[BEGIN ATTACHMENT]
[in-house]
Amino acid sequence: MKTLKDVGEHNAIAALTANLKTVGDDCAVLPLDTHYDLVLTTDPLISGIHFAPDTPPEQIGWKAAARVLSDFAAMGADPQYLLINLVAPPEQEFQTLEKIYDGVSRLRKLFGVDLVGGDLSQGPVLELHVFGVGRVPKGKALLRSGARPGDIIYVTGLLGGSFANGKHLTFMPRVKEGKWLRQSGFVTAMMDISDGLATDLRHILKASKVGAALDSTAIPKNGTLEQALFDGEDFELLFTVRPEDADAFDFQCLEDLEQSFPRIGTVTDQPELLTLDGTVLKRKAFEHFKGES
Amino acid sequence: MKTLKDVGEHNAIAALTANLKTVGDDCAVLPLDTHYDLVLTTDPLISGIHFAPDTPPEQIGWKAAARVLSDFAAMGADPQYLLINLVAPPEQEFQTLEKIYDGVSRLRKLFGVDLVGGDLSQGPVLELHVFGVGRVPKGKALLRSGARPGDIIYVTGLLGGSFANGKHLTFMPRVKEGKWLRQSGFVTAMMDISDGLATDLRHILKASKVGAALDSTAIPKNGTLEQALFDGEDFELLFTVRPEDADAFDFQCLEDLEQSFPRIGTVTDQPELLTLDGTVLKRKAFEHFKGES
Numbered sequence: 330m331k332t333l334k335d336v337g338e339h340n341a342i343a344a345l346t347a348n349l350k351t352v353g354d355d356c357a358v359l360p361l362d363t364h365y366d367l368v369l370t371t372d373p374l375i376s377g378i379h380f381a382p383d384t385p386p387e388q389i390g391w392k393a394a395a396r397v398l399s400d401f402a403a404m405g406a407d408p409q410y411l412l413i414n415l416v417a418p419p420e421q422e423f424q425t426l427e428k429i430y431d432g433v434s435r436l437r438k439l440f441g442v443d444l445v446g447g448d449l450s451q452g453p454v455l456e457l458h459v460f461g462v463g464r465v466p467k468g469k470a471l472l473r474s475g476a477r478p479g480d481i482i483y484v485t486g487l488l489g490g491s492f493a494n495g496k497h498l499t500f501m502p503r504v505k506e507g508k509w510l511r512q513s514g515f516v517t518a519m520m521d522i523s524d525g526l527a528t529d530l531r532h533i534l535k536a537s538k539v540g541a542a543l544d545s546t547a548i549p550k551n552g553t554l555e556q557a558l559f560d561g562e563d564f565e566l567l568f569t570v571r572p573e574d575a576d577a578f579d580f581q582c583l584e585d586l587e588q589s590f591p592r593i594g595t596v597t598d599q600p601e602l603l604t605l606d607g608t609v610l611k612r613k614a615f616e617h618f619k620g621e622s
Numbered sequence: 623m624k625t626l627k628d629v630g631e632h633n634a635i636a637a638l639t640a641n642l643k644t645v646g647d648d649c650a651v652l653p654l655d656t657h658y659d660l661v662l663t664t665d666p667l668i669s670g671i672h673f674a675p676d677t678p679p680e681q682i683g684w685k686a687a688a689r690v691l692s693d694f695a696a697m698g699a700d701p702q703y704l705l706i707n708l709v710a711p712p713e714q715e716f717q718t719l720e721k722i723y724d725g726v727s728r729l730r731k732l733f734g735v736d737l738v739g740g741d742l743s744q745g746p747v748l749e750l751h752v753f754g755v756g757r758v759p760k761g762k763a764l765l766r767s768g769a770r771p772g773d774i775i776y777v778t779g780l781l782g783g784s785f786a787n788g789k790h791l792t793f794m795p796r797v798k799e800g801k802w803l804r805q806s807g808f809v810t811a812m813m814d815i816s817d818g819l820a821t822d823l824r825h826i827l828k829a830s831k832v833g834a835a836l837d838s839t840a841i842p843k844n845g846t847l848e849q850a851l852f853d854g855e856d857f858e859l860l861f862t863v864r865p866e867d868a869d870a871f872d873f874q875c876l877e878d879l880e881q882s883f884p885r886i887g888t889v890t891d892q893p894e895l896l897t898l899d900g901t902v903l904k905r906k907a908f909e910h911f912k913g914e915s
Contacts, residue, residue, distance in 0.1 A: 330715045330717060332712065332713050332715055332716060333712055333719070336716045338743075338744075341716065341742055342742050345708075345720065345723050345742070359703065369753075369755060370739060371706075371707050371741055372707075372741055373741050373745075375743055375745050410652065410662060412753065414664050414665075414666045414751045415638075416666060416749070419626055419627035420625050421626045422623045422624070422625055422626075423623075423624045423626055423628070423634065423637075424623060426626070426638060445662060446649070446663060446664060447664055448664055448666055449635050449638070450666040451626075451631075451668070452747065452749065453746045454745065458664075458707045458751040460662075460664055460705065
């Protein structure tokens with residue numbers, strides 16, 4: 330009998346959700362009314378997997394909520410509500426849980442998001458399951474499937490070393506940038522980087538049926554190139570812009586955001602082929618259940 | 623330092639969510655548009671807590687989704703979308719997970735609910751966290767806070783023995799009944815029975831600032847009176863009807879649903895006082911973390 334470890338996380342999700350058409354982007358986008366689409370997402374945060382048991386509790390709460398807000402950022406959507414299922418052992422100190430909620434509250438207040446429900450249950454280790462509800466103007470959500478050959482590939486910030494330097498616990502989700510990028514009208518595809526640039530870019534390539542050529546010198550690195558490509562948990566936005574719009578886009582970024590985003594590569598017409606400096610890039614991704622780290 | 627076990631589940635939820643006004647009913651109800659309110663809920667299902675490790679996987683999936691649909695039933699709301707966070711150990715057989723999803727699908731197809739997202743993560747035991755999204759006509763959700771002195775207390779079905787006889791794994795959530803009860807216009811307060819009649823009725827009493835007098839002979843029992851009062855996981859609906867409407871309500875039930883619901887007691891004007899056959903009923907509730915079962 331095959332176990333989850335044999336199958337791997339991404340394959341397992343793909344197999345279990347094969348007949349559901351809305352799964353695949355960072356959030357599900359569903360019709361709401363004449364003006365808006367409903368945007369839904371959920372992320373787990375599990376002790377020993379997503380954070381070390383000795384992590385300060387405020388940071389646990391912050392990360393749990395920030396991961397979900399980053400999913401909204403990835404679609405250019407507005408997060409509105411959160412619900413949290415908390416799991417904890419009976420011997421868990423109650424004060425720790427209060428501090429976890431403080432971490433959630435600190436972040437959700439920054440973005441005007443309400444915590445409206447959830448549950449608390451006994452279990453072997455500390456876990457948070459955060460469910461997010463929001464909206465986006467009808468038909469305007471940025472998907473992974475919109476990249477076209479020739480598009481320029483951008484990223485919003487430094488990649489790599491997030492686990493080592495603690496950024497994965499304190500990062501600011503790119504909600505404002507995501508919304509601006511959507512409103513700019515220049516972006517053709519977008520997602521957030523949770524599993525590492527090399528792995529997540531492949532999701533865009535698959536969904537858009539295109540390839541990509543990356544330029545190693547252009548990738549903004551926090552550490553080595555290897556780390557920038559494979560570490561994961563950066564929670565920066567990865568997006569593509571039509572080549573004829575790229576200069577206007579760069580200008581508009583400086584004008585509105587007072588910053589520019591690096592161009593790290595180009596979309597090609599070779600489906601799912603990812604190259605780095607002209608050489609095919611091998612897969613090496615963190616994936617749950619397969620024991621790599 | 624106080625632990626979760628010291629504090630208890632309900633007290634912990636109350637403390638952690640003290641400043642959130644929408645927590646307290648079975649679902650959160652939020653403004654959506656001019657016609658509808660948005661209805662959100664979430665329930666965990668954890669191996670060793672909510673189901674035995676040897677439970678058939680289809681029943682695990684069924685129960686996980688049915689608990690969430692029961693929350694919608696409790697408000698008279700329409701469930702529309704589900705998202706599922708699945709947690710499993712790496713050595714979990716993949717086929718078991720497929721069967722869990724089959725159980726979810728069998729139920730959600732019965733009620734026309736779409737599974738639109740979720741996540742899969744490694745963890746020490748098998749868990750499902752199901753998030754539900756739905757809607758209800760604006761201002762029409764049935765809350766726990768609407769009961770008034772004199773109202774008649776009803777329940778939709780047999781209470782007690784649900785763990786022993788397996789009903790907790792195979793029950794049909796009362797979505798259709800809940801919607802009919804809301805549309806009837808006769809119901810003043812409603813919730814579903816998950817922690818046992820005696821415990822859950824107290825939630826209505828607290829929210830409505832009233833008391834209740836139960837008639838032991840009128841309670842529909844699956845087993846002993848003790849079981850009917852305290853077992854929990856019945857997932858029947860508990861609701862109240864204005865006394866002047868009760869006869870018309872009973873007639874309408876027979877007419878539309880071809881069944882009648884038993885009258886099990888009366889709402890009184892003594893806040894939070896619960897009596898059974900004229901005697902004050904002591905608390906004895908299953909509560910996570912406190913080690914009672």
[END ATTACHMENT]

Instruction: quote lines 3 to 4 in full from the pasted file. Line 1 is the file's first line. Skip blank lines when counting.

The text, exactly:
Amino acid sequence: MKTLKDVGEHNAIAALTANLKTVGDDCAVLPLDTHYDLVLTTDPLISGIHFAPDTPPEQIGWKAAARVLSDFAAMGADPQYLLINLVAPPEQEFQTLEKIYDGVSRLRKLFGVDLVGGDLSQGPVLELHVFGVGRVPKGKALLRSGARPGDIIYVTGLLGGSFANGKHLTFMPRVKEGKWLRQSGFVTAMMDISDGLATDLRHILKASKVGAALDSTAIPKNGTLEQALFDGEDFELLFTVRPEDADAFDFQCLEDLEQSFPRIGTVTDQPELLTLDGTVLKRKAFEHFKGES
Numbered sequence: 330m331k332t333l334k335d336v337g338e339h340n341a342i343a344a345l346t347a348n349l350k351t352v353g354d355d356c357a358v359l360p361l362d363t364h365y366d367l368v369l370t371t372d373p374l375i376s377g378i379h380f381a382p383d384t385p386p387e388q389i390g391w392k393a394a395a396r397v398l399s400d401f402a403a404m405g406a407d408p409q410y411l412l413i414n415l416v417a418p419p420e421q422e423f424q425t426l427e428k429i430y431d432g433v434s435r436l437r438k439l440f441g442v443d444l445v446g447g448d449l450s451q452g453p454v455l456e457l458h459v460f461g462v463g464r465v466p467k468g469k470a471l472l473r474s475g476a477r478p479g480d481i482i483y484v485t486g487l488l489g490g491s492f493a494n495g496k497h498l499t500f501m502p503r504v505k506e507g508k509w510l511r512q513s514g515f516v517t518a519m520m521d522i523s524d525g526l527a528t529d530l531r532h533i534l535k536a537s538k539v540g541a542a543l544d545s546t547a548i549p550k551n552g553t554l555e556q557a558l559f560d561g562e563d564f565e566l567l568f569t570v571r572p573e574d575a576d577a578f579d580f581q582c583l584e585d586l587e588q589s590f591p592r593i594g595t596v597t598d599q600p601e602l603l604t605l606d607g608t609v610l611k612r613k614a615f616e617h618f619k620g621e622s